Rishi Sunak will “unequivocally condemn” Russia’s war in Ukraine at the G20 summit but appeared to acknowledge that the group was divided on the issue of explicitly criticising the invasion.
The Prime Minister touched down in Bali, Indonesia, on Monday ahead of the two-day gathering of leaders of the world’s major economies.
The event looks set to be dominated by the fallout from the Ukraine war, which has exacerbated global economic challenges, pushing up food and energy prices around the world.
Divisions over the conflict are so deep that there is uncertainty over whether leaders will be able to agree a communique.
There will be no condemnation of the invasion as Russia, a G20 member, will not agree to condemn itself.
While Western leaders have unanimously rebuked Russian President Vladimir Putin for the conflict, some G20 countries including China and India have remained neutral.
Mr Sunak left open the possibility that he could meet China’s Xi Jinping at the gathering.
Asked about the apparent impossibility of jointly criticising Moscow, Mr Sunak told broadcasters at the Hilton Bali: “The G7 is a group of like-minded liberal democracies with similar values.
“The G20, we have to acknowledge, is a different grouping. But that doesn’t mean that we shouldn’t be engaged in it.
“We should make our voices heard and constructively work with people where we can to make a difference for people at home as well.”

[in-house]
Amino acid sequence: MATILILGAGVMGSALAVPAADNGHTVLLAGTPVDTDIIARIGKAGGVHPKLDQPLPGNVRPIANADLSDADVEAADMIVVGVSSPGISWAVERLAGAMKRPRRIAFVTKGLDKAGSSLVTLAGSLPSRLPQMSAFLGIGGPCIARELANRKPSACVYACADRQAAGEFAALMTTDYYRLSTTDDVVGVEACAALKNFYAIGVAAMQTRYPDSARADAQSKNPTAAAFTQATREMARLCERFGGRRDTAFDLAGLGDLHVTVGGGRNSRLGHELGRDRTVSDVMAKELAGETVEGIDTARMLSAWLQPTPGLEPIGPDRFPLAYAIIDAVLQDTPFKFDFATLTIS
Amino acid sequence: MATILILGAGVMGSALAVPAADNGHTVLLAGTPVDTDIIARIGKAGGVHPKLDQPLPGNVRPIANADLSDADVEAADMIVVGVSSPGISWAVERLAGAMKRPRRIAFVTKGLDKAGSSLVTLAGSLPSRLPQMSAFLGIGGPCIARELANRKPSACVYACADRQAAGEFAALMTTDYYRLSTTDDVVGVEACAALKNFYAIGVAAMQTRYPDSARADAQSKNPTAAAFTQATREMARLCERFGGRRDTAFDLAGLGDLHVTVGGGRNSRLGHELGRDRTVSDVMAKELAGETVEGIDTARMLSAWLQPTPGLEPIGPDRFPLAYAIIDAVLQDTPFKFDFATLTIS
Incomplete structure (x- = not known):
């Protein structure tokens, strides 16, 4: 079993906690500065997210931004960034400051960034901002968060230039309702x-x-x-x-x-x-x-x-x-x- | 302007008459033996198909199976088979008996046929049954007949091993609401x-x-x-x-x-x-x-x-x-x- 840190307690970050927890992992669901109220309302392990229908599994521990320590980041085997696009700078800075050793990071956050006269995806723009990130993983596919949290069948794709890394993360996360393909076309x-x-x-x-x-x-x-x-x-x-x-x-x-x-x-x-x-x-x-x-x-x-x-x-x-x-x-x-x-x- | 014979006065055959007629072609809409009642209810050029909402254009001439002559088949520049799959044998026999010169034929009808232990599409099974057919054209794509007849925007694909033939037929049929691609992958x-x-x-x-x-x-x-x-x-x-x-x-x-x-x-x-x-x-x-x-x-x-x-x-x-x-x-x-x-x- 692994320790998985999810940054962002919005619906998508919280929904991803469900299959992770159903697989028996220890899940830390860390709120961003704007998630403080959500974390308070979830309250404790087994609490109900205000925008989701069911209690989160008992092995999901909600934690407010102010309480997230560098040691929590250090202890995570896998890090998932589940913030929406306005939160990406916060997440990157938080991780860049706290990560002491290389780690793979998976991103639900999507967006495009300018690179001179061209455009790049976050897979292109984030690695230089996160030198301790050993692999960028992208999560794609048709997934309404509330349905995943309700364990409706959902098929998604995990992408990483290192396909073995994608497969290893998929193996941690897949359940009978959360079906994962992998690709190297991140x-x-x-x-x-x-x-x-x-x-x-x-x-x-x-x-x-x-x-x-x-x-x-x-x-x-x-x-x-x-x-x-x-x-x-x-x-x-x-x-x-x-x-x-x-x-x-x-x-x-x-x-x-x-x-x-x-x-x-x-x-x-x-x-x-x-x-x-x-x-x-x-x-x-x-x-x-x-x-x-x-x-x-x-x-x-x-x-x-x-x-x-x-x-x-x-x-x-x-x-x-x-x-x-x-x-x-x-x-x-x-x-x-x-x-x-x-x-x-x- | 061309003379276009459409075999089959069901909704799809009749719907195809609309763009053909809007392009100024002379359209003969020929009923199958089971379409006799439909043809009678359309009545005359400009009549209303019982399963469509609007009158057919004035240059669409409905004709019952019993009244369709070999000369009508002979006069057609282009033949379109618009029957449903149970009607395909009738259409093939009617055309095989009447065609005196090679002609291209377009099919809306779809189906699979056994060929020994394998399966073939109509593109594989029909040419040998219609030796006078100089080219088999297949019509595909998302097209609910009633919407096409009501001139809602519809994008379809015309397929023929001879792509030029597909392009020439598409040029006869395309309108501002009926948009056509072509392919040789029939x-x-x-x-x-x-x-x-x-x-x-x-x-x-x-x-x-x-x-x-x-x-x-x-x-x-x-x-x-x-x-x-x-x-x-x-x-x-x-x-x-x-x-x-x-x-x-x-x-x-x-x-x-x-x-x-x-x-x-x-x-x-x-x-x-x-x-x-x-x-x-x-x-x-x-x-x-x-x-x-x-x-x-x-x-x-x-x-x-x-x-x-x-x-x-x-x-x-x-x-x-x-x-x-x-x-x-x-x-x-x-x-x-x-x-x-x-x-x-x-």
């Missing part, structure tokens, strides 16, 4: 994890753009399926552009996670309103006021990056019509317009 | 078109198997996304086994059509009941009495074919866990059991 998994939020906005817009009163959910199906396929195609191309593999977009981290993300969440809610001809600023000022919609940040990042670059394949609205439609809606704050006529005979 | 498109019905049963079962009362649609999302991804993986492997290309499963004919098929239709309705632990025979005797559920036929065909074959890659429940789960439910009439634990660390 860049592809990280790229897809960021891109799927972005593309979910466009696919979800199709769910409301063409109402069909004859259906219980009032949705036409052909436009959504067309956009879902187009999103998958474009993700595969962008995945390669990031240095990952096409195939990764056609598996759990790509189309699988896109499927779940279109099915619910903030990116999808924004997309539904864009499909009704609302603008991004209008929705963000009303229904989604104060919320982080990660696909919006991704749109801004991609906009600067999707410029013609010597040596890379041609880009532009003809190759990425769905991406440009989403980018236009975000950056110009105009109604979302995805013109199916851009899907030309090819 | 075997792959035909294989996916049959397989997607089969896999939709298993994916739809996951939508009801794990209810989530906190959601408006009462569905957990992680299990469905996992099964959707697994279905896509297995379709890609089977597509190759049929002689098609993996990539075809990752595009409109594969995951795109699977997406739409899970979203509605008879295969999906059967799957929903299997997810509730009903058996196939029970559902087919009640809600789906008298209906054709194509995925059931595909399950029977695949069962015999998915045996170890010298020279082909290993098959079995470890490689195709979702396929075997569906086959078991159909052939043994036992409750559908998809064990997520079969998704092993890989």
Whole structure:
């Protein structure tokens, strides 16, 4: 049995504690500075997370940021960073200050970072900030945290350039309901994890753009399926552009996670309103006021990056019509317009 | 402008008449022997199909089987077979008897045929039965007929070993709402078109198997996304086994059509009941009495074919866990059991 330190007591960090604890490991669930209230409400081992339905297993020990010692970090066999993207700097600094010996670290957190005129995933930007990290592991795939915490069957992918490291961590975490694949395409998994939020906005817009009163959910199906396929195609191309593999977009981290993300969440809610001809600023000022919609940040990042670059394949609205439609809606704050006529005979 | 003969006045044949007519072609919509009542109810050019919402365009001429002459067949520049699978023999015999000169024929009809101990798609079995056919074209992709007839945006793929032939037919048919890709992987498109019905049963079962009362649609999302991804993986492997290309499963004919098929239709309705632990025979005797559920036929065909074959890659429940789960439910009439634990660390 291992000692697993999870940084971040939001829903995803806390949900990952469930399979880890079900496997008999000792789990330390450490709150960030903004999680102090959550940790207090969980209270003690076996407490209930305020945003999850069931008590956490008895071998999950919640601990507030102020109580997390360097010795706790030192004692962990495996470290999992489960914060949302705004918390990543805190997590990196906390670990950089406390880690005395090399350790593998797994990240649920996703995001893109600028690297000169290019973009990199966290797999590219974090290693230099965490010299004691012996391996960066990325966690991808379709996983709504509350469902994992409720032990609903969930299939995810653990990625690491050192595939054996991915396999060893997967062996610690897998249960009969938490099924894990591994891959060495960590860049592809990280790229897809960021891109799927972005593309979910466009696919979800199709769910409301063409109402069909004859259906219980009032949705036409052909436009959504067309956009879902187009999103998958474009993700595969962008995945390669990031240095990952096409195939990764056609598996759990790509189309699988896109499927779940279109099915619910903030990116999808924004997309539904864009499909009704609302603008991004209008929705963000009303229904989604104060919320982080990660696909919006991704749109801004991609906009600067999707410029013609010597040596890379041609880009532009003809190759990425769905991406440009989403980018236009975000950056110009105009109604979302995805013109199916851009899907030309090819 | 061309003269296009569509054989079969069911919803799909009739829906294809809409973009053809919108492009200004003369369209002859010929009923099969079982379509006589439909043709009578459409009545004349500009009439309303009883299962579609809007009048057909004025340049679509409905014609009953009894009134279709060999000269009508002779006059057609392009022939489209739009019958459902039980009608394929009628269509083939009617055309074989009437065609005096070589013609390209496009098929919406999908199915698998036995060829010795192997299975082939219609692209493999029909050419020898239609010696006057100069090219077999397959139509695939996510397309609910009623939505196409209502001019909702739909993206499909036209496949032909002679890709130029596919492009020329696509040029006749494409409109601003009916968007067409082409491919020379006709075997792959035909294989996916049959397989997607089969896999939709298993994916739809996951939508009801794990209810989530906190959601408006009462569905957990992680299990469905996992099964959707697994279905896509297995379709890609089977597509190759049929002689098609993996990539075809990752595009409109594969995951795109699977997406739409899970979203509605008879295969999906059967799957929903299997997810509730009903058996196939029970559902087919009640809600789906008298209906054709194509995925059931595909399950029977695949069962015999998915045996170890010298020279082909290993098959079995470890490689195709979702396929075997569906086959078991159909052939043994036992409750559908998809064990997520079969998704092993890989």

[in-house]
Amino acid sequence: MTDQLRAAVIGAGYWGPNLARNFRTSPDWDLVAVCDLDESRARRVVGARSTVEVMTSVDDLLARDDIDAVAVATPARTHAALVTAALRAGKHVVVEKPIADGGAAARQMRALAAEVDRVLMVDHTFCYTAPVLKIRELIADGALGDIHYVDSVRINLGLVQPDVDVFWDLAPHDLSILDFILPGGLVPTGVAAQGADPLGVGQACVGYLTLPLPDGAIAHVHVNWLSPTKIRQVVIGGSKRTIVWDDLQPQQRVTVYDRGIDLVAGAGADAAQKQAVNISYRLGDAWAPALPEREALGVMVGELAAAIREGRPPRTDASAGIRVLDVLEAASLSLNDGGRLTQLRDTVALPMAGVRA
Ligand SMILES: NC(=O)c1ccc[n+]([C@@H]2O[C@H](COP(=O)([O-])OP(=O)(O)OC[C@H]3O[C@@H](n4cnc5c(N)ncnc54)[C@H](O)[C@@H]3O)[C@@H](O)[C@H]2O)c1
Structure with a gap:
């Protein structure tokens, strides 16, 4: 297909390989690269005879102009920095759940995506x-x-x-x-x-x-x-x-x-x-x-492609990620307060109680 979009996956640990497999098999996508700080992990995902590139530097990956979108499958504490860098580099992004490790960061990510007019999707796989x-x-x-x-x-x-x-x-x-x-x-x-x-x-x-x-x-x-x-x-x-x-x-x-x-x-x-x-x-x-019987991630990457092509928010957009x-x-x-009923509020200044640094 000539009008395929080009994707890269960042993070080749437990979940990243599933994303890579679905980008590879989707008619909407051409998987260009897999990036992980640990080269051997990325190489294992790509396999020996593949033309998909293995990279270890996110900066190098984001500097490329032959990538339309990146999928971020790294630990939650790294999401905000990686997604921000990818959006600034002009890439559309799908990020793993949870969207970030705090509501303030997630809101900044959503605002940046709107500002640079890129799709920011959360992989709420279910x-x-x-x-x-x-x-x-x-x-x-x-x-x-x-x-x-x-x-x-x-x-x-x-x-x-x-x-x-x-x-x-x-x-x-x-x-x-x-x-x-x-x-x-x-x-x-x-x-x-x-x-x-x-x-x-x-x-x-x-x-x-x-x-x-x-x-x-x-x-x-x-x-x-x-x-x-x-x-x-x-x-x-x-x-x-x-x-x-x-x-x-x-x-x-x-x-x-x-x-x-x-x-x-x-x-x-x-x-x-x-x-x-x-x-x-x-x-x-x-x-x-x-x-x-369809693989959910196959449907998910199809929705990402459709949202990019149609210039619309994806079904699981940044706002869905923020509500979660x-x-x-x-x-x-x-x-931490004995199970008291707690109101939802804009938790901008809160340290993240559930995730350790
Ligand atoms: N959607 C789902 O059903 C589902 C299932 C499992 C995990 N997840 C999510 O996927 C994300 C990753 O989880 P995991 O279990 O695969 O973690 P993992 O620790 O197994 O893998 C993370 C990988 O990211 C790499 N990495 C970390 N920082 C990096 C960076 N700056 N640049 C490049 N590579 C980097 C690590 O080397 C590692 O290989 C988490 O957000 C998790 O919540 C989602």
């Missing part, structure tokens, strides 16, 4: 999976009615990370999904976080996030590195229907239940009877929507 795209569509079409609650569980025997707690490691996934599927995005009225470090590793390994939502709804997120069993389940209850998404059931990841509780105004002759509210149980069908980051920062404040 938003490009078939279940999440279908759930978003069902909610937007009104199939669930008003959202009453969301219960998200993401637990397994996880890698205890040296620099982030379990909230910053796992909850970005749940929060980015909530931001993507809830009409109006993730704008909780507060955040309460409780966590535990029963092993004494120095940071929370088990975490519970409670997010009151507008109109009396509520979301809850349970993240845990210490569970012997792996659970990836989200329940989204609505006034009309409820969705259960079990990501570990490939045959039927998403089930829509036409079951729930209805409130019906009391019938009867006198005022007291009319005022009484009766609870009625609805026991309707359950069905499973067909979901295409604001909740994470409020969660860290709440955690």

Mr Sunak plans to use the first plenary session on Tuesday to confront Russia’s representative, Foreign Minister Sergei Lavrov, who was sent in Mr Putin’s place.
He said: “I’m going to use this opportunity to unequivocally condemn Russia’s hostile and illegal war in Ukraine.
“And I know that other allies will as well because it’s right that we highlight what is going on and hold Russia to account for that and I won’t shy away from doing that.”
He said he would also use the summit to build “some strong relationships with other leaders like President Biden from America and the prime ministers of Japan, Australia and India”.
Asked if that could include China, he said: “President Xi is here and like all the other leaders, hopefully I will have a chance to talk to him too.”
Mr Sunak has a number of bilateral meetings lined up, and will have plenty of opportunities to rub shoulders with other leaders at the summit’s margins.
His series of one-on-ones began on Monday evening with drinks and nibbles with his Canadian counterpart Justin Trudeau.
Mr Sunak asked Mr Trudeau about his Asean (Association of Southeast Asian Nations) visit, saying he was interested because the UK now has an Indo-Pacific tilt to its foreign policy.
Bali will be the first major diplomatic test for Mr Sunak, whose experience in Government has so far been almost entirely UK-focused, and a chance to set out his foreign policy vision.
As he arrived on the tropical island after a long-haul flight, the Prime Minister was met by a guard of honour and a group performing a traditional Balinese dance on the tarmac.
At the summit, he will call on fellow leaders to “step up to fix the weaknesses in the international economic system”.
Mr Sunak will return to the UK on Thursday just in time for the budget, in which Jeremy Hunt could impose up to £60 billion in tax rises and spending cuts.